In case you are unaware I am a history nut………and I try to sneak in some historical info into many of my posts. I have a degree in political history so I must educate whenever the need arises.
Today we celebrate the Declaration of Independence……so what better time to give a short history lesson?
We American’s think we know all about the early days of the republic……most of us do not have any idea of the situation in those early days….I am talking about the time between the two wars, 1780-1811. We are taught about the presidents and some of the legislation in those times but there is so much more going on.
I will attempt to take you back to those days and fill in the blanks that our educational system seems to leave out of the curricula.
We are taught a little about the Louisiana Purchase, Lewis and Clark or the Sedition Act or Burr killing Hamilton in a duel then we move on to the War of 1812…..but ask yourself….is that it for our history up to the newest war? Three of the really big stories that we are seldom taught is the Barbary War, the Burr Conspiracy and the establishment of the Republic of West Florida………
First the Barbary War………….
The year is 1801 and the pirates operating on the North Coast of Africa had been a pain in the US butt for years…..they had hijack ships and kidnap sailors to hold for ransom……Jefferson is elected and he felt like he had to do something……and his decision was the first time the US goes to war on its own (and we are still doing it)…….
The plan was to send an invasion force across the desert and attack the pacha of Tripoli (Libya) from the land while a naval force entered into the bay as a diversion…….
The trek to Tripoli was arduous and after a month of desert walking the Marines come to town. 1805 the Marines along with 500 mercenaries arrive and do battle…..and after a short battle the city was captured making it the first time that an American flag was raised in another country.
Some have written that this was Jefferson’s attempt to trade without paying to play…….the old “free trade” con.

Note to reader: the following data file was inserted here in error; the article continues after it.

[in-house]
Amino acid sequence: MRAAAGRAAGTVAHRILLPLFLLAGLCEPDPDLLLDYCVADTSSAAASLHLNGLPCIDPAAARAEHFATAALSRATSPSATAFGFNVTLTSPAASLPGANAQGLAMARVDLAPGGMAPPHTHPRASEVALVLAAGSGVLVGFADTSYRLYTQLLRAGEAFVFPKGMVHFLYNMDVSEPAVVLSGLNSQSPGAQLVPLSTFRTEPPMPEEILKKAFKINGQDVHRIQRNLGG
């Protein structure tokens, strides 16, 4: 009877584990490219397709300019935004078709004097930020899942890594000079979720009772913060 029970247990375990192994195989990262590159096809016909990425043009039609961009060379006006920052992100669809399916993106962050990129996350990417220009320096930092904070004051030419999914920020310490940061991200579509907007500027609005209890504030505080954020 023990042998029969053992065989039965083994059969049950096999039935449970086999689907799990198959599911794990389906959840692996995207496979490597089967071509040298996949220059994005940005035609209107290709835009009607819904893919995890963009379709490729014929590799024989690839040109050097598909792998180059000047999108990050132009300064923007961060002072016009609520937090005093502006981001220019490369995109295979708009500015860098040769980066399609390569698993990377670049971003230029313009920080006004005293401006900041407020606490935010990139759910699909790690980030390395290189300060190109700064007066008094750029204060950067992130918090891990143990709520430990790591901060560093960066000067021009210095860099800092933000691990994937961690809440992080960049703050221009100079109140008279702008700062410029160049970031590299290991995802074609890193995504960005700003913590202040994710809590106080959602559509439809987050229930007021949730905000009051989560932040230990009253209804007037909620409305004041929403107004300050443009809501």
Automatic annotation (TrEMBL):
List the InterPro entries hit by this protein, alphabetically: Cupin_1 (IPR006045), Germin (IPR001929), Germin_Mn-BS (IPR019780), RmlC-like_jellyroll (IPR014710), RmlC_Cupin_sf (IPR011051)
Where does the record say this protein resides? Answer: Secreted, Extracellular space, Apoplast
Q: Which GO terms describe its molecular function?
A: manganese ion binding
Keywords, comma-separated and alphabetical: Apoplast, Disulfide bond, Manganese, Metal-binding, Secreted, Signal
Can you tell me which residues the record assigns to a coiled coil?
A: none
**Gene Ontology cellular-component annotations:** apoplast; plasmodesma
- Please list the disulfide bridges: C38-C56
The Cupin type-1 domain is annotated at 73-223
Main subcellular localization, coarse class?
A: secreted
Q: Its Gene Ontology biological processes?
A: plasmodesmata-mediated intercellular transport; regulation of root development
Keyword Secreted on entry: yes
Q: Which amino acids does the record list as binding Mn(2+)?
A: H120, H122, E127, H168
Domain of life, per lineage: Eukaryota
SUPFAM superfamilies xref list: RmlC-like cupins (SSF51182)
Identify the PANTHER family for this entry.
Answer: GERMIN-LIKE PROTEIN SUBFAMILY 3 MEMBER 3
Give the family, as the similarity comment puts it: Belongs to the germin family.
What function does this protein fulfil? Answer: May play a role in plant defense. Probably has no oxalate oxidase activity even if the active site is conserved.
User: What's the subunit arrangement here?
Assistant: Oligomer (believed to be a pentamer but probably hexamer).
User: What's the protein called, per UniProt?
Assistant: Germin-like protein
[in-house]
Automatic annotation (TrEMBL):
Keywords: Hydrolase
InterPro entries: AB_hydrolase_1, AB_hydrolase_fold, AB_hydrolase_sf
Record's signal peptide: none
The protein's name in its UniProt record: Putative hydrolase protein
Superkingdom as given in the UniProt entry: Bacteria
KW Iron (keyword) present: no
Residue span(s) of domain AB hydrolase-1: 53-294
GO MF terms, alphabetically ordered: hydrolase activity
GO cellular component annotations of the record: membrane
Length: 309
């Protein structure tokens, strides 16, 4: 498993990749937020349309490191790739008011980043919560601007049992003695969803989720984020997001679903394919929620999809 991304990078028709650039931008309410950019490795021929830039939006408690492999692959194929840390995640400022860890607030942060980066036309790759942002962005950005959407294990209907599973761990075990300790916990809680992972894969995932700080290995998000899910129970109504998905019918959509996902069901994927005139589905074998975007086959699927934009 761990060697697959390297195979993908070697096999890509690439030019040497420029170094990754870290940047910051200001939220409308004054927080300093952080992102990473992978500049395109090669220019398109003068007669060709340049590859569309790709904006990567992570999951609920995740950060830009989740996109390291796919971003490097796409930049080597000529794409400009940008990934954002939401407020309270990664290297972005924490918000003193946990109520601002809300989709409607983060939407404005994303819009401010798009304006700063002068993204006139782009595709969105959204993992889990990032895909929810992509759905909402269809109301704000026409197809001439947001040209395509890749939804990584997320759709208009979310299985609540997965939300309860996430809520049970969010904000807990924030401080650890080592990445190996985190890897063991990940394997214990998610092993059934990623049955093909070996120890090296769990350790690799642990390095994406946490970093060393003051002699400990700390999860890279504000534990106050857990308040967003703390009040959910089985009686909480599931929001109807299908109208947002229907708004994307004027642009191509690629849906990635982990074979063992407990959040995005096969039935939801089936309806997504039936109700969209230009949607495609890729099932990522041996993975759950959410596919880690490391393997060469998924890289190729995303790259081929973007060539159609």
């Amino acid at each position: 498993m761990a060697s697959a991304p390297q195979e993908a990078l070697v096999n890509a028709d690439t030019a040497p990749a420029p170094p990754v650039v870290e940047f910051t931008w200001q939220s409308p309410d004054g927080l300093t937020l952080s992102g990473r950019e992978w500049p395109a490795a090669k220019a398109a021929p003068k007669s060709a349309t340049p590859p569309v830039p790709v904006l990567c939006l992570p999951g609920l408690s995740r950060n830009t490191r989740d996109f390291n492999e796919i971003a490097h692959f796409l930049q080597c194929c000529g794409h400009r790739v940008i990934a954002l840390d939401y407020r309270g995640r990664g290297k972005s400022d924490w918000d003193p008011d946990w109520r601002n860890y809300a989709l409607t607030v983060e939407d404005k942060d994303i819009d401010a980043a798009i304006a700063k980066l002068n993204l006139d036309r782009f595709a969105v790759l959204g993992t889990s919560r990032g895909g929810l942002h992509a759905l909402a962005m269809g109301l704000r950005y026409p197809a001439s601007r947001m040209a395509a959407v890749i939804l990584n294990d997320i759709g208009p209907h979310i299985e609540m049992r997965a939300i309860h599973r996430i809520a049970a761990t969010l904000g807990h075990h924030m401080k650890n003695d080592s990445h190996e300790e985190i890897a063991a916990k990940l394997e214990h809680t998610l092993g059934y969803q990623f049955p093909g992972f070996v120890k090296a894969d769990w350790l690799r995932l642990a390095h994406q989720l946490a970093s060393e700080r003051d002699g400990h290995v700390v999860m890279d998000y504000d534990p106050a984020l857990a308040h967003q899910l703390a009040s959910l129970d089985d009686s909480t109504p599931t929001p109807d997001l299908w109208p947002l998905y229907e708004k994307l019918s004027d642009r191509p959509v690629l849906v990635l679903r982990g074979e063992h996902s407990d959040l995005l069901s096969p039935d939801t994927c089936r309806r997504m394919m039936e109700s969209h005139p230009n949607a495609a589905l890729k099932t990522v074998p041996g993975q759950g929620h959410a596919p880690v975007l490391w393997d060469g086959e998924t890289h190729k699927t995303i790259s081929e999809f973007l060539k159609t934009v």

Next on to the birth of a new republic…….
1806 September-October – Jefferson receives further information from a variety of sources in Pennsylvania and New York, including Generals William Eaton and James Wilkinson, that Aaron Burr is organizing a military expedition against Spanish possessions for the purpose of separating western territories from the United States. Eaton, a veteran of the recent Tripolitan War, claims that Burr tried to recruit him. Wilkinson, commander of United States military forces in the West, provides information about the conspiracy after having been implicated in it himself. He does not specifically name Burr.
November 27. Jefferson issues a proclamation declaring that “sundry persons, citizens of the U.S. or resident within the same, are conspiring & confederating…against the dominions of Spain” and requiring that all military and civil officials of all states and territories of the United States prevent “the carrying on such expedition or enterprise by all lawful means within their power.”
1807 – January 17. Aaron Burr is captured near New Orleans. He escapes but is recaptured and imprisoned. In April, Burr is charged with treason and tried in Richmond in a federal circuit court presided over by John Marshall. Burr is acquitted. Later, with other charges pending, Burr escapes to England.